Revered dance maestro Guru Gopalakrishnan, 85, who devoted his life for dance forms like Kerala Natanam, passed away in Chennai on Wednesday following a brief illness.
He leaves behind wife Kusumam, a distinguished dancer, children Vinod and Apsara. The pioneer, who created and popularised Kerala Natanam, the simplified version and adaptation of Kathakali, breathed his last at 3 am in Chennai and was cremated there in the evening.
His life story, marked with simplicity, is an epitome of tremendous hard work, commitment and rare grit.
Born on April 9, 1926, at Kodungallur to Nanthialath Madhava Menon and Changaradi Ammalu Amma, Gopalakrishnan was destined to pursue a career in dance with his parent’s support. Though he had desired to learn Kathakali from the masters here, fate brought him to Madras in the early 40s and he came in contact with the legendary Guru Gopinath.
Guru Gopinath was an established choreographer in films during that time, and Gopalakrishnan got a firm foothold in the dance and film world by becoming a member of Guru Gopinath’s team.
Eventually, he was promoted to become a lead dancer in Guru Gopinath’s troupe.
Later, his stint with Gemini Studios, where he was employed as a full-time dancer, helped him span his career as a well known dancer in film world.
‘Neelakuyil’ was his debut Malayalam movie as a choreographer. It won President’s silver medal at the national film festival. From there on, he choreographed several films, including ‘Sitaramakalyanam’, ‘Jeevithanouka’ and ‘Amma’.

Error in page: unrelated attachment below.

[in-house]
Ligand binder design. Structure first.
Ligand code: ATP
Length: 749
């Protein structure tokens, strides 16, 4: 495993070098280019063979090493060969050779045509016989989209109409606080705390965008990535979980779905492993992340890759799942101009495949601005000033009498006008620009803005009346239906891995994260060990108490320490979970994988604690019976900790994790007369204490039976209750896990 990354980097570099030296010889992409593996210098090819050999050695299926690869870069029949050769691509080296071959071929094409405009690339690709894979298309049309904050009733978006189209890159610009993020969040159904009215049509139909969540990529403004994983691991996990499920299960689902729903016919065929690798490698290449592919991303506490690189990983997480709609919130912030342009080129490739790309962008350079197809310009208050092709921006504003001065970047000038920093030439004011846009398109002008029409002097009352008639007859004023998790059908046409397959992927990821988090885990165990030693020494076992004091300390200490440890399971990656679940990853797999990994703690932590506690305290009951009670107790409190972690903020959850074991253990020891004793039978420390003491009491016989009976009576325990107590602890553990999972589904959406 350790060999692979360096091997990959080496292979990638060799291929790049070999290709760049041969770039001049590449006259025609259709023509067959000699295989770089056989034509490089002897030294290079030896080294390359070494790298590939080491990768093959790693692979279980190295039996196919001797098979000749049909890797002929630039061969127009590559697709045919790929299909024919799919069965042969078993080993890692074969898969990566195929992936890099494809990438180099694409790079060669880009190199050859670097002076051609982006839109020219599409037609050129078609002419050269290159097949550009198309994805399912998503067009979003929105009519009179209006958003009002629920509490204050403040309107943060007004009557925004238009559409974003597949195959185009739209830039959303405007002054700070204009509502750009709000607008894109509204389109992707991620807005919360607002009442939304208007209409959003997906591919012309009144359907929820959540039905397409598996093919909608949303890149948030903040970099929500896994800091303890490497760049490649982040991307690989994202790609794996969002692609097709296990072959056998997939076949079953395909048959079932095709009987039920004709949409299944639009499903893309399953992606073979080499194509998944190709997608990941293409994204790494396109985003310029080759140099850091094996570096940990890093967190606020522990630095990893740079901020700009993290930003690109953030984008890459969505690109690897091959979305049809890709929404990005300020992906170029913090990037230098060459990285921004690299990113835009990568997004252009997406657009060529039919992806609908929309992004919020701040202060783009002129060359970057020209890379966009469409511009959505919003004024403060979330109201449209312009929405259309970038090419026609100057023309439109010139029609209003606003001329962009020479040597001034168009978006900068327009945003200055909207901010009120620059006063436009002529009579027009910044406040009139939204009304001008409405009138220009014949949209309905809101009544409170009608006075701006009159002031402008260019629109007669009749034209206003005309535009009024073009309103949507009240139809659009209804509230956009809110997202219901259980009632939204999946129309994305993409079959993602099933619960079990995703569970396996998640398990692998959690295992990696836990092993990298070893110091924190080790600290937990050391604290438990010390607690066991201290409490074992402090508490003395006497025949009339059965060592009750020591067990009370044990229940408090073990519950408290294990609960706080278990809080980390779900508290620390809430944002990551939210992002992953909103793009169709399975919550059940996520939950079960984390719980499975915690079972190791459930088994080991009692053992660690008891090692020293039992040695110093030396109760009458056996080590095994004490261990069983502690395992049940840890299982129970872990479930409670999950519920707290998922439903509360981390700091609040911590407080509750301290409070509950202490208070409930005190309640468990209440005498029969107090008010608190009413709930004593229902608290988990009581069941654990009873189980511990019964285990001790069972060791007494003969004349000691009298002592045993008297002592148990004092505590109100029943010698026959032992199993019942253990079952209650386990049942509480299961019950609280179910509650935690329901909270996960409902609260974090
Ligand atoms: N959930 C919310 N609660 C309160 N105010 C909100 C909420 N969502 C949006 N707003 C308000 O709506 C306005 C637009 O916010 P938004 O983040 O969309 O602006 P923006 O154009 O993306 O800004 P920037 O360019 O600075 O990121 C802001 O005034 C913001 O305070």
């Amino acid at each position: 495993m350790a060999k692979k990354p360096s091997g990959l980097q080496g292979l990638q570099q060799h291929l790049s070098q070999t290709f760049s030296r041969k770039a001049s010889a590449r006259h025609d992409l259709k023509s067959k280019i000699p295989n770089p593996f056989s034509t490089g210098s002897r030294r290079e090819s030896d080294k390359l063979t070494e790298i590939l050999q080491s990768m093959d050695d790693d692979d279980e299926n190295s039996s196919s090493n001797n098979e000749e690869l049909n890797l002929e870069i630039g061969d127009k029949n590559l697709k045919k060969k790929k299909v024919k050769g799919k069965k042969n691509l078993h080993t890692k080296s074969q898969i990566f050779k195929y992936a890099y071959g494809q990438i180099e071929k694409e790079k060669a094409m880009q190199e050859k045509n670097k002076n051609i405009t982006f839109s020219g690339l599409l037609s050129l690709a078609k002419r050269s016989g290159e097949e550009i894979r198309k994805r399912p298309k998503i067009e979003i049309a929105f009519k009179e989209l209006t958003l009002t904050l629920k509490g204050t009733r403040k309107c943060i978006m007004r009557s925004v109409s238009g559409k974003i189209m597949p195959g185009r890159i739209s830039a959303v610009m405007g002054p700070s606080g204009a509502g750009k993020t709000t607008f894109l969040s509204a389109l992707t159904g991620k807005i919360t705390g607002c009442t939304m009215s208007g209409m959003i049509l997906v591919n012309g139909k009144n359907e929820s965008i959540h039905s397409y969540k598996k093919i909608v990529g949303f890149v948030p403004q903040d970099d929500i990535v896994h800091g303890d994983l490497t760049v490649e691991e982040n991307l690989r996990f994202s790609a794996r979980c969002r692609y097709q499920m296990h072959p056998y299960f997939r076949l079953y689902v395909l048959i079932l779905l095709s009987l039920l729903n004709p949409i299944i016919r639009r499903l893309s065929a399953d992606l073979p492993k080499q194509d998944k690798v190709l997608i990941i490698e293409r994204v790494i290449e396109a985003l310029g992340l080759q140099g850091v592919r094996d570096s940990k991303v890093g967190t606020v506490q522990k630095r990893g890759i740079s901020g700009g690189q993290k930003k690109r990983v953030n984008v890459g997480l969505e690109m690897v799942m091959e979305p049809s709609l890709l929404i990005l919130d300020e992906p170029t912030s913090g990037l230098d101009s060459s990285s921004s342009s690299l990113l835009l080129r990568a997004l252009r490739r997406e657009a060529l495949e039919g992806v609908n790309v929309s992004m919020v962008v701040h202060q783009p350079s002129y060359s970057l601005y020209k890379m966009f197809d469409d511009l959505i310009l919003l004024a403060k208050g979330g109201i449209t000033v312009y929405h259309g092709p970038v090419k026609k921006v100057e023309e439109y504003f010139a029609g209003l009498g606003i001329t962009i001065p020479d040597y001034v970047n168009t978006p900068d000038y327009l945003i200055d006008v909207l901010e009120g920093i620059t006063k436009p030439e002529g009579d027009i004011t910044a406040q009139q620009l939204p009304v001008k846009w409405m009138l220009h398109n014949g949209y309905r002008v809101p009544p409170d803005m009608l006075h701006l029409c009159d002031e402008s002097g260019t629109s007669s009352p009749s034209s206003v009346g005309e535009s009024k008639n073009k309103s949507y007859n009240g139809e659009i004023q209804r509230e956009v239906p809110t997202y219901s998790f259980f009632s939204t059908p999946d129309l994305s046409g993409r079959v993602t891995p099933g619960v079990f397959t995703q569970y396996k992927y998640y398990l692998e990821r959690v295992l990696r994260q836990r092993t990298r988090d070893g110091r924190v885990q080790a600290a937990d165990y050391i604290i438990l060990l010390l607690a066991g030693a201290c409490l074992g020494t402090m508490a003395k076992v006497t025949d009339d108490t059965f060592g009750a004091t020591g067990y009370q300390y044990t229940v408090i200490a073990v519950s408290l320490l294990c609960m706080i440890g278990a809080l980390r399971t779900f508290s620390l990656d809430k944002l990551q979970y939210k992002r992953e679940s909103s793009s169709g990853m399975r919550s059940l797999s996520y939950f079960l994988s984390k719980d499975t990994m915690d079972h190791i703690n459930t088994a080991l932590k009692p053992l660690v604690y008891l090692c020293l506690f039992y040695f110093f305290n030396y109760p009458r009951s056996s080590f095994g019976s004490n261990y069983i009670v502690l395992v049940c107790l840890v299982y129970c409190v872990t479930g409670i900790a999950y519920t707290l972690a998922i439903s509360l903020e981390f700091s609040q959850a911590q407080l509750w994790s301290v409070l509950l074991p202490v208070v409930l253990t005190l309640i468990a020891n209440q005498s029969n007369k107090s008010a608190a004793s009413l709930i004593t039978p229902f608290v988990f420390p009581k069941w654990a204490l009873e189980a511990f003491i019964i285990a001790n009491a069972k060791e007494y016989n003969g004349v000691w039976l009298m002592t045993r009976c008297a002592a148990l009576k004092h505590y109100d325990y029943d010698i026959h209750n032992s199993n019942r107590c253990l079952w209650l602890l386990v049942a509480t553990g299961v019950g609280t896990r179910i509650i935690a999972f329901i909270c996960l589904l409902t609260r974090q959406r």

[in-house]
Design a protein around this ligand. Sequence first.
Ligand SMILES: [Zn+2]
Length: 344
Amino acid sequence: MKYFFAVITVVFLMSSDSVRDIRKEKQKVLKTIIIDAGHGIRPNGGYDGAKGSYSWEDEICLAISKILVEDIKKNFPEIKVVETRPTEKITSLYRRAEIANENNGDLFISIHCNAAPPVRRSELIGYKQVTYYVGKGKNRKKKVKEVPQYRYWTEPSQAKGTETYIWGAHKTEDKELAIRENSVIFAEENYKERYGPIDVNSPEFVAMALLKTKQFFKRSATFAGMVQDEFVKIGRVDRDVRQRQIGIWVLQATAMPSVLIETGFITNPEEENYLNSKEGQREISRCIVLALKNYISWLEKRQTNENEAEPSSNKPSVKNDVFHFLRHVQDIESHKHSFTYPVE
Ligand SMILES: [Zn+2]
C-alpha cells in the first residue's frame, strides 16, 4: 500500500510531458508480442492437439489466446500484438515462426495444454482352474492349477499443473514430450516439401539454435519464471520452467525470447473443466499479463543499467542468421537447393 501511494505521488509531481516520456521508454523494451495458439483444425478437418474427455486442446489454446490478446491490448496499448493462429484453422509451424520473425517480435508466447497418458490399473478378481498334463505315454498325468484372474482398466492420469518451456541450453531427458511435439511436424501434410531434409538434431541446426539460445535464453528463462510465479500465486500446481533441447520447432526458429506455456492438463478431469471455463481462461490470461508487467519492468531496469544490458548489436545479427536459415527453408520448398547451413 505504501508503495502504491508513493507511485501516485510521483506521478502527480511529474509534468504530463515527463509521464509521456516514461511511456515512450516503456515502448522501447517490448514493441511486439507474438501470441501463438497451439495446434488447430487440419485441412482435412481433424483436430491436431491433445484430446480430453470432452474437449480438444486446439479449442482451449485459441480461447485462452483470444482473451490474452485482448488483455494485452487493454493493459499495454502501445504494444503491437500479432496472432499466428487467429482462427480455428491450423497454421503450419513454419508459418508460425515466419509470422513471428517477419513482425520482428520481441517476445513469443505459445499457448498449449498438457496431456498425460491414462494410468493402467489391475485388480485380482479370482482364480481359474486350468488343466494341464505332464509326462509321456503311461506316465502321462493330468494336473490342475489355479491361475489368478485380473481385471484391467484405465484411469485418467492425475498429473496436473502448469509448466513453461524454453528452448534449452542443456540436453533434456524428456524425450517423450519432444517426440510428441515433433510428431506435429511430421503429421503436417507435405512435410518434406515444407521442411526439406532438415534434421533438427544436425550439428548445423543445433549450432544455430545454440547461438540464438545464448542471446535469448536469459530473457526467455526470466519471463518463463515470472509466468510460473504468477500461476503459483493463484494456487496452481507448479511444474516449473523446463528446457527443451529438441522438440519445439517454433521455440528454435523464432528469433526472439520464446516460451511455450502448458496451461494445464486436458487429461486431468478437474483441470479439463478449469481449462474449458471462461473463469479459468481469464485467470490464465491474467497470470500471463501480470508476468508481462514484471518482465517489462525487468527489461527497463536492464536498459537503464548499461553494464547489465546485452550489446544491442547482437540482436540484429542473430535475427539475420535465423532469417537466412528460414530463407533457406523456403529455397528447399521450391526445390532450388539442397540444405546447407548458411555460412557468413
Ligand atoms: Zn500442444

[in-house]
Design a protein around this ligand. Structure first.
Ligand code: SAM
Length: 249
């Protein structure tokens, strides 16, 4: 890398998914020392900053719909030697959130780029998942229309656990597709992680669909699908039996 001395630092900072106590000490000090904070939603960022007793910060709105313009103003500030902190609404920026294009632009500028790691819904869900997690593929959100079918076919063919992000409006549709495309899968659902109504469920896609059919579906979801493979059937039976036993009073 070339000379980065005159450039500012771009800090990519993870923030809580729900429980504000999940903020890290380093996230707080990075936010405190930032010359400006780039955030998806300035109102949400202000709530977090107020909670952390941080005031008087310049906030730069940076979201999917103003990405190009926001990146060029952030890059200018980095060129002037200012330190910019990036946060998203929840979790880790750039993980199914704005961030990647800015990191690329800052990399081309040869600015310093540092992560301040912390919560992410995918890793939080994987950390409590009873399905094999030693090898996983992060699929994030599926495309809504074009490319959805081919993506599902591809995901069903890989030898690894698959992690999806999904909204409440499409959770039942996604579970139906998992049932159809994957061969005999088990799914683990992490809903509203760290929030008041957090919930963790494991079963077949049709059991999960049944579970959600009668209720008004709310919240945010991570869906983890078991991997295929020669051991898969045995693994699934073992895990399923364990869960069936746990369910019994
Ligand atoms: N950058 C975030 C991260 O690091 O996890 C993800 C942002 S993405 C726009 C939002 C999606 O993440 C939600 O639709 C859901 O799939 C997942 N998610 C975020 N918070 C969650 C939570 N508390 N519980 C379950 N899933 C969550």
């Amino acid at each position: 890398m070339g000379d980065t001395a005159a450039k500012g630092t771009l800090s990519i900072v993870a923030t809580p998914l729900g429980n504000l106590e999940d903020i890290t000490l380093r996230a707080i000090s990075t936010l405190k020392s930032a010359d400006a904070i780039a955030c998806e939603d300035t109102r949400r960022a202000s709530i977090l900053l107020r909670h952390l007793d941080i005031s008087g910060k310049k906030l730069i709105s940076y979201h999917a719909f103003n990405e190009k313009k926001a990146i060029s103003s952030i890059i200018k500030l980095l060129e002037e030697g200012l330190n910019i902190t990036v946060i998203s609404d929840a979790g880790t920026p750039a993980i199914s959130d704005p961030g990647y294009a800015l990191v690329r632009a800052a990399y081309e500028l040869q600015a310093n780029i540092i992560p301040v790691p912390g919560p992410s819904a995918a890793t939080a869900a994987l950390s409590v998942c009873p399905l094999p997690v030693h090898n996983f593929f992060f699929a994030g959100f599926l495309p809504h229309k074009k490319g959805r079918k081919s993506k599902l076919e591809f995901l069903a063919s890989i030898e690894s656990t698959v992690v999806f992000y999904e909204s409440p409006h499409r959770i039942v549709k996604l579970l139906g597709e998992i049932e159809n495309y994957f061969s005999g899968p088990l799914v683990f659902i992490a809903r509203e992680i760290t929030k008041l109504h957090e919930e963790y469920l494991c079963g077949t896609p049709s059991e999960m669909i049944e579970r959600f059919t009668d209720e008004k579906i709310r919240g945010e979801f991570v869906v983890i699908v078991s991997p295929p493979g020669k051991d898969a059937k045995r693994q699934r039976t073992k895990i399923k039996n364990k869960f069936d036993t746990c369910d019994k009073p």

He had secured many awards and accolades. He was a much sought-after choreographer in Malayalam, Tamil, Telugu, Kannada, Hindi and Singhala movies then.
During this period, he had regularly visited PSV Natya Sangam at Kottakkal as part of learning extensively from Guru Vazhenkadu Kunju Nair, under whom he
completed his rangapravesam. In 1953, he visited China with the first Indian cultural delegation and had also performed a dance-drama based on Bhagawad Gita with Guru Gopinath at Teen Murti Bhavan on Nehru’s special request and he had the opportunity to meet Mao Tse Tung and Chou En Lai.
In 1956, he established his own troupe named Bharatiya Ballet Troupe with M B Sreenivasan as music director. Renowned musician R K Shekhar, father of A R Rahman, was a harmonium player in his orchestra during that time. Guru Gopalakrishnan and wife together created a unique method ‘Drishyakatha’ narrative, a blend of Kerala Natanam, free dance style and folk forms.